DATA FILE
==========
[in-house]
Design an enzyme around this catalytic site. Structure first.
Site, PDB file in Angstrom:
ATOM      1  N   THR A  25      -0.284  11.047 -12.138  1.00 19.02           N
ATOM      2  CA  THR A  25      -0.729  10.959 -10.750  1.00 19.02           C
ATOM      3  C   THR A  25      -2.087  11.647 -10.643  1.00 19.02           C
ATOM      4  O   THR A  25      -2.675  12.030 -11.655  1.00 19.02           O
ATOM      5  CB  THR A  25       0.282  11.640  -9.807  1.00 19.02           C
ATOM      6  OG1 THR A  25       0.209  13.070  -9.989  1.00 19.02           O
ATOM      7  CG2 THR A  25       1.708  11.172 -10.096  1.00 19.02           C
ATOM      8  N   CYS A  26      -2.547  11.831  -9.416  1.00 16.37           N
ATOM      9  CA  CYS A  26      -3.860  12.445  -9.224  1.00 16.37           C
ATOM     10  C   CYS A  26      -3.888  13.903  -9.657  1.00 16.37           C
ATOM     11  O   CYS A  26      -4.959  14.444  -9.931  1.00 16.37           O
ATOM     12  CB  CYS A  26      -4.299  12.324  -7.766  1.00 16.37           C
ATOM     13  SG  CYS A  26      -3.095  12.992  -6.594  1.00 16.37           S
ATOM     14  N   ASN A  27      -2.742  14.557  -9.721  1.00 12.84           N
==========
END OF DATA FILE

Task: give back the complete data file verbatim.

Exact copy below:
[in-house]
Design an enzyme around this catalytic site. Structure first.
Site, PDB file in Angstrom:
ATOM      1  N   THR A  25      -0.284  11.047 -12.138  1.00 19.02           N
ATOM      2  CA  THR A  25      -0.729  10.959 -10.750  1.00 19.02           C
ATOM      3  C   THR A  25      -2.087  11.647 -10.643  1.00 19.02           C
ATOM      4  O   THR A  25      -2.675  12.030 -11.655  1.00 19.02           O
ATOM      5  CB  THR A  25       0.282  11.640  -9.807  1.00 19.02           C
ATOM      6  OG1 THR A  25       0.209  13.070  -9.989  1.00 19.02           O
ATOM      7  CG2 THR A  25       1.708  11.172 -10.096  1.00 19.02           C
ATOM      8  N   CYS A  26      -2.547  11.831  -9.416  1.00 16.37           N
ATOM      9  CA  CYS A  26      -3.860  12.445  -9.224  1.00 16.37           C
ATOM     10  C   CYS A  26      -3.888  13.903  -9.657  1.00 16.37           C
ATOM     11  O   CYS A  26      -4.959  14.444  -9.931  1.00 16.37           O
ATOM     12  CB  CYS A  26      -4.299  12.324  -7.766  1.00 16.37           C
ATOM     13  SG  CYS A  26      -3.095  12.992  -6.594  1.00 16.37           S
ATOM     14  N   ASN A  27      -2.742  14.557  -9.721  1.00 12.84           N